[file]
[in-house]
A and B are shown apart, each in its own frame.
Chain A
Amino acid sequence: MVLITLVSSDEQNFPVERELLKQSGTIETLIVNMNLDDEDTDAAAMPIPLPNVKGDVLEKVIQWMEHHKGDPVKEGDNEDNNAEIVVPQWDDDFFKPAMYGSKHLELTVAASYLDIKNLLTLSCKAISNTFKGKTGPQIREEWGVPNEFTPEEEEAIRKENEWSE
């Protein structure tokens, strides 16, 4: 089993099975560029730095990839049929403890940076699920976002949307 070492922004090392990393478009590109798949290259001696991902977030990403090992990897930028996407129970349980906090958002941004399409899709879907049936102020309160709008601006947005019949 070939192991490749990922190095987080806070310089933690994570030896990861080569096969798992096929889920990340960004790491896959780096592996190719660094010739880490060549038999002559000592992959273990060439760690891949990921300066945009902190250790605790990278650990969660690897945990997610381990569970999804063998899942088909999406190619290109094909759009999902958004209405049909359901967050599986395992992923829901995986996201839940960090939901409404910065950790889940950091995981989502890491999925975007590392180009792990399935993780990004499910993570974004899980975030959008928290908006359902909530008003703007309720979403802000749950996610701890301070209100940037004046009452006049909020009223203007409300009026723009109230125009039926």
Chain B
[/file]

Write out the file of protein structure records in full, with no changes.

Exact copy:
[in-house]
A and B are shown apart, each in its own frame.
Chain A
Amino acid sequence: MVLITLVSSDEQNFPVERELLKQSGTIETLIVNMNLDDEDTDAAAMPIPLPNVKGDVLEKVIQWMEHHKGDPVKEGDNEDNNAEIVVPQWDDDFFKPAMYGSKHLELTVAASYLDIKNLLTLSCKAISNTFKGKTGPQIREEWGVPNEFTPEEEEAIRKENEWSE
């Protein structure tokens, strides 16, 4: 089993099975560029730095990839049929403890940076699920976002949307 070492922004090392990393478009590109798949290259001696991902977030990403090992990897930028996407129970349980906090958002941004399409899709879907049936102020309160709008601006947005019949 070939192991490749990922190095987080806070310089933690994570030896990861080569096969798992096929889920990340960004790491896959780096592996190719660094010739880490060549038999002559000592992959273990060439760690891949990921300066945009902190250790605790990278650990969660690897945990997610381990569970999804063998899942088909999406190619290109094909759009999902958004209405049909359901967050599986395992992923829901995986996201839940960090939901409404910065950790889940950091995981989502890491999925975007590392180009792990399935993780990004499910993570974004899980975030959008928290908006359902909530008003703007309720979403802000749950996610701890301070209100940037004046009452006049909020009223203007409300009026723009109230125009039926």
Chain B